Along with the rising trend towards eco-friendliness, health and wellness in Chinese society, the demand for “clean” beauty products will continue to rise, said Lee Folland head of research at Reuter Communications, a luxury intelligence, digital, communications and marketing agency.
Demand for ‘clean’ is rising
In a recent study conducted by Reuter Communications, it was revealed that luxury consumers in China have a preference for organic ingredients, especially consumers in the millennial and Generation X age bracket.
Folland elaborated that the study identified that these consumes are very knowledgeable about ingredients, as well as brands and products.
In the same vein, another survey on travel revealed that affluent Chinese families preferred hotels that are sustainable, have wellness programs and serve organic food.
“This general trend across the society – which is of course a global trend, not only China-specific – also translates to beauty,” said Folland.
Folland notes that being made overseas is no longer a draw in many luxury product categories. However, for beauty and personal care, these labels still remain more appealing to consumers.
“Certain health ‘scares’ that have been broadcasted across the news in China still linger in consumers’ minds, and so, consumers welcome ingredients in products used in or on the body ‘made in France’, for example,” said Folland
Prestige plays a part
To a certain degree, said Folland, the demand for natural or organic products are in part driven by the desire for prestige. However, this does not mean Chinese consumers make purchasing decisions based on brand name or logos.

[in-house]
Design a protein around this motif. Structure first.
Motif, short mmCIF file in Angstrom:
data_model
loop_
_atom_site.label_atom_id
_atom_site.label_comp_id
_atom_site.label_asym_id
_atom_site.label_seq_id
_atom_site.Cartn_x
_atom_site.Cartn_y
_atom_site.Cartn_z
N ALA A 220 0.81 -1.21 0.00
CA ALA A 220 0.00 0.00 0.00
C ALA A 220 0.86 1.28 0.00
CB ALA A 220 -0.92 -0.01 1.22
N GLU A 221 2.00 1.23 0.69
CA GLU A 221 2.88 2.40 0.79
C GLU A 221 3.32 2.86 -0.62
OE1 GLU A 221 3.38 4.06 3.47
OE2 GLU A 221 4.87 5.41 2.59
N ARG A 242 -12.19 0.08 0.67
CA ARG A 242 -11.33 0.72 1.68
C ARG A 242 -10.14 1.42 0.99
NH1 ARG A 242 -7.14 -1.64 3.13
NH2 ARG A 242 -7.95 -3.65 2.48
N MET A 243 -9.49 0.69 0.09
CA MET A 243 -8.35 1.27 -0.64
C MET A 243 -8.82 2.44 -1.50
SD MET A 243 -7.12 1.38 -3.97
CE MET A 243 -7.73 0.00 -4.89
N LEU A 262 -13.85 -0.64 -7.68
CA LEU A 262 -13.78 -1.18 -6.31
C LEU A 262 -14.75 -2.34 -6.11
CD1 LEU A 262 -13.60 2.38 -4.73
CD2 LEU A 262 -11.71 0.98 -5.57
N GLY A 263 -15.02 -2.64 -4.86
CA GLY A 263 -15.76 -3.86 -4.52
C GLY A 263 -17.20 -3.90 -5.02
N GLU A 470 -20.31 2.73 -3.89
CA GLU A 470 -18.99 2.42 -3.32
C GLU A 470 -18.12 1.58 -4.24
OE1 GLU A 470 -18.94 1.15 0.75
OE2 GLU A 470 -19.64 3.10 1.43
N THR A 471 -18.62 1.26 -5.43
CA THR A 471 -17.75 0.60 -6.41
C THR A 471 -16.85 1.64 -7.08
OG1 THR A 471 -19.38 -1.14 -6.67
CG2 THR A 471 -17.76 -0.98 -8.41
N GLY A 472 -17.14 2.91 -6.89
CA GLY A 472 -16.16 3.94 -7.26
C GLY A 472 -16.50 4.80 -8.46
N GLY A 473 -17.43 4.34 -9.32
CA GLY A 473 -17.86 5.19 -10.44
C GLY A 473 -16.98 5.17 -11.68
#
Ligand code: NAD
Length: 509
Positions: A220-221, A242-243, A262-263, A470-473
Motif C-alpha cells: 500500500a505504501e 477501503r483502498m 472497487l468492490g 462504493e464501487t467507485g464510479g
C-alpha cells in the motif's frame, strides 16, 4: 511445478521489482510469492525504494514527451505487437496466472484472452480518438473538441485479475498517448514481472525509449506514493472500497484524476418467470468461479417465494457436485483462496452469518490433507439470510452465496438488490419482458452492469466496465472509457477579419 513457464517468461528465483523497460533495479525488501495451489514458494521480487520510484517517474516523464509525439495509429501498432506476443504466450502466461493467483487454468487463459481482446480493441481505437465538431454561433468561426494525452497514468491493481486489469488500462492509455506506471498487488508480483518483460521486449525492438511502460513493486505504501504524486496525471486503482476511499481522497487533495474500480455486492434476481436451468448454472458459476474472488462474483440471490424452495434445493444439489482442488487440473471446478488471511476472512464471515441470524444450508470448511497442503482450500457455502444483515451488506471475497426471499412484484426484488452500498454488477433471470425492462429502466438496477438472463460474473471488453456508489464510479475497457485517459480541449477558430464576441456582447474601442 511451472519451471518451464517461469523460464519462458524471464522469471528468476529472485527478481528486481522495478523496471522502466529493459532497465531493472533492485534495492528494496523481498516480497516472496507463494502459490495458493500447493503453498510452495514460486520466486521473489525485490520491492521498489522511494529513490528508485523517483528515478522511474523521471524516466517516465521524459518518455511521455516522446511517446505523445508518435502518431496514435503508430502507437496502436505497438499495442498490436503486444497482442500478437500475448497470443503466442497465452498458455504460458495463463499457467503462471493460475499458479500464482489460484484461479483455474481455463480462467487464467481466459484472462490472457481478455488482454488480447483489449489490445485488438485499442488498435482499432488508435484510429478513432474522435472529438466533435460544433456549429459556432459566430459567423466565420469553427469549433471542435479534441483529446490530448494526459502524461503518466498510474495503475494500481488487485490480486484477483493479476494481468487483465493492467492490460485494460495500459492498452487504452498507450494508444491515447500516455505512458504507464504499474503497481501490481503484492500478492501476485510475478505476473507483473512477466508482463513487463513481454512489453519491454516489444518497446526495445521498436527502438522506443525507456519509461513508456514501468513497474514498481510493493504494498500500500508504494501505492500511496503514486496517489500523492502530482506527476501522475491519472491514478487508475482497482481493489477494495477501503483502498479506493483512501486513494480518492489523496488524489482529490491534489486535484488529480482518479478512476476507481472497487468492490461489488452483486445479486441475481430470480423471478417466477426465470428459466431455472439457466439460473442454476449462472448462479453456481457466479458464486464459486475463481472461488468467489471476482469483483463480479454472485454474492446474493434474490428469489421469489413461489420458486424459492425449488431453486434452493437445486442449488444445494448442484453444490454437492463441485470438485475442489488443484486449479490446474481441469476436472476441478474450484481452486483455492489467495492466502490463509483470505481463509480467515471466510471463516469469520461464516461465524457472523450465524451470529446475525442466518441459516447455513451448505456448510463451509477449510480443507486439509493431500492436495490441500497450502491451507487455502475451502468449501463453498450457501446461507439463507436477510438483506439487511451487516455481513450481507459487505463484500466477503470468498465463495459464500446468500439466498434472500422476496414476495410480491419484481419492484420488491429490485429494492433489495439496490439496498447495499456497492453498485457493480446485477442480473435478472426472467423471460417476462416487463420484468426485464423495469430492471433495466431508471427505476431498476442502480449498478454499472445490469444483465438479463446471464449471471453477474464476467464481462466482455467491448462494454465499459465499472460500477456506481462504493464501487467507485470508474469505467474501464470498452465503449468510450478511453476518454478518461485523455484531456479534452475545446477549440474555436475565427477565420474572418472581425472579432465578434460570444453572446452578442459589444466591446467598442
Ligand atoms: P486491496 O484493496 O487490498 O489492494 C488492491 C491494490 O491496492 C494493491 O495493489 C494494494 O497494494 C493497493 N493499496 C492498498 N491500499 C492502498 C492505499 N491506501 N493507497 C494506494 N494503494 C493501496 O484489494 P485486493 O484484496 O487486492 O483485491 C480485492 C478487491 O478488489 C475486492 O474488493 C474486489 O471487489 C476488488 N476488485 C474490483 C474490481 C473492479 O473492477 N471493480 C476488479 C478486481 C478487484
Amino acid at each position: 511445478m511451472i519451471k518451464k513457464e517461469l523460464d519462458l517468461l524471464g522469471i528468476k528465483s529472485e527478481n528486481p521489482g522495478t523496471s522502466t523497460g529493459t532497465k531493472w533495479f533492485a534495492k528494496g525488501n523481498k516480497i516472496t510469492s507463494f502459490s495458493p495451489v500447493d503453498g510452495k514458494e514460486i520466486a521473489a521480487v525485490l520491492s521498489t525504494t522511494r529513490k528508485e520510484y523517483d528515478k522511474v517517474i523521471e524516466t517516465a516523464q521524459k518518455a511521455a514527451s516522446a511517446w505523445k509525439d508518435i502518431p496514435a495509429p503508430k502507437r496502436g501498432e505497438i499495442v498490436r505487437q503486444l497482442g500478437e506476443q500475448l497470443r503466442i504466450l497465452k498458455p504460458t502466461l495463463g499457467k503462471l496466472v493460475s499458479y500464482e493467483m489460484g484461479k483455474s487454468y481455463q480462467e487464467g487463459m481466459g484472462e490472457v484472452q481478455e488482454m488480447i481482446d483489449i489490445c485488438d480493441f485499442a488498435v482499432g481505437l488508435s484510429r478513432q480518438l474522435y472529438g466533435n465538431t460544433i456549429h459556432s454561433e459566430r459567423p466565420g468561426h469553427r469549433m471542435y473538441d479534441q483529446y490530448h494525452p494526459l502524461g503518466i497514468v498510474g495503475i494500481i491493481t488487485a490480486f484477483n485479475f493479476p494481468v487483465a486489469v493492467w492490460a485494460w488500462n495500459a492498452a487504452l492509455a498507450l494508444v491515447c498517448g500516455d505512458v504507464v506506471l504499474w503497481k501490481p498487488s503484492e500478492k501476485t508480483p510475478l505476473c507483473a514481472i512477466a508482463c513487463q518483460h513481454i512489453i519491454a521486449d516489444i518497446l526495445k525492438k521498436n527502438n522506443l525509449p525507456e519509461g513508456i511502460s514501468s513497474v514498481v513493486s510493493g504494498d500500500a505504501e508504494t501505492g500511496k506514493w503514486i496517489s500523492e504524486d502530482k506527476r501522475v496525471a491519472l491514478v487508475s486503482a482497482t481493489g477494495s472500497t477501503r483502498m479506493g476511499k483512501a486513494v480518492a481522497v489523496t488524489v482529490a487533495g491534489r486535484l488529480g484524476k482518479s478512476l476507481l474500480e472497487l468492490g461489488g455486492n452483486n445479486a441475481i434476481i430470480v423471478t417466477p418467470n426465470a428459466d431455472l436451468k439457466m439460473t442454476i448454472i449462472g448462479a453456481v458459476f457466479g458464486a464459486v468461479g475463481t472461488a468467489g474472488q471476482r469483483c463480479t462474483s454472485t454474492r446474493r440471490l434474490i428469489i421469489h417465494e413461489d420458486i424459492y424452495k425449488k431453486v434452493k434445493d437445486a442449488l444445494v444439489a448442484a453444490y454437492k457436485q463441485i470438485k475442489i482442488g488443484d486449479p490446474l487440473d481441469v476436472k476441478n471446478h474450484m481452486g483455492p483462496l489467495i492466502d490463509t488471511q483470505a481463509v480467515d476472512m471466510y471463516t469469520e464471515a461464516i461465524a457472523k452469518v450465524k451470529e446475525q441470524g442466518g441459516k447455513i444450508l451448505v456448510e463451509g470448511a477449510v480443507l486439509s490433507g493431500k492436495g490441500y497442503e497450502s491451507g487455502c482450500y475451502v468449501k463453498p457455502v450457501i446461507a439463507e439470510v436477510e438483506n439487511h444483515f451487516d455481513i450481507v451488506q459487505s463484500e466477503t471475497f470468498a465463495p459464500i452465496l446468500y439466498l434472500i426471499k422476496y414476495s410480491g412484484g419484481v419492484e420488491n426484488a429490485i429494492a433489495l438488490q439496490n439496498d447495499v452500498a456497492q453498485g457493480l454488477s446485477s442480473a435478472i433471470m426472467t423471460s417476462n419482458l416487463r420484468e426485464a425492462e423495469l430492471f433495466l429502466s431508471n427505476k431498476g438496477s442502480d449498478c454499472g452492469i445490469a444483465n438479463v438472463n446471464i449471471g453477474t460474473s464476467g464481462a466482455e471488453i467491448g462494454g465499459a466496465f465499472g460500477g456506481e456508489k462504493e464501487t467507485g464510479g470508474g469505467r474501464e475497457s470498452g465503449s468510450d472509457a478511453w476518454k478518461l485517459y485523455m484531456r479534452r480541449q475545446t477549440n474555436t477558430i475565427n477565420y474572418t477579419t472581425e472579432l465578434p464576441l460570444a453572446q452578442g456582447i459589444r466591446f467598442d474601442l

“Prestige also exists by showing that one is aware of what quality is, and about the specific brands and ingredients used,” elaborated Folland. “If something is recognised as being of the highest quality, then of course that still carries prestige.”
Little Red Book
With many smaller natural and organic brands choosing to enter China via e-commerce to avoid the animal testing regulations, it is increasingly important for brands to polish up their online presence in a saturated market.
For beauty brands, Folland suggested the social platform Xiaohongshu, or Little Red Book, a trusted community of almost 90% female, and 90% millennial beauty followers which count Kim Kardashian as one of its members.
“For beauty, your target audience is on Xiaohongshu, the platform that allows users – and KOLs – to review beauty products, among others.”
However, as a relatively new platform, the rules are subjected to adjustments, especially related to what brands and Key Opinion Leaders (KOLs) can and cannot do, said Folland. He added that this is indicative of the changing landscape of KOLs in China.
“Consumers, brands and platforms all seem to be in agreement that when it comes to what an impactful KOL collaboration is, a broader integration into the brand in the longer term [is needed], not just using a KOL as a one-off sandwich-board ad.”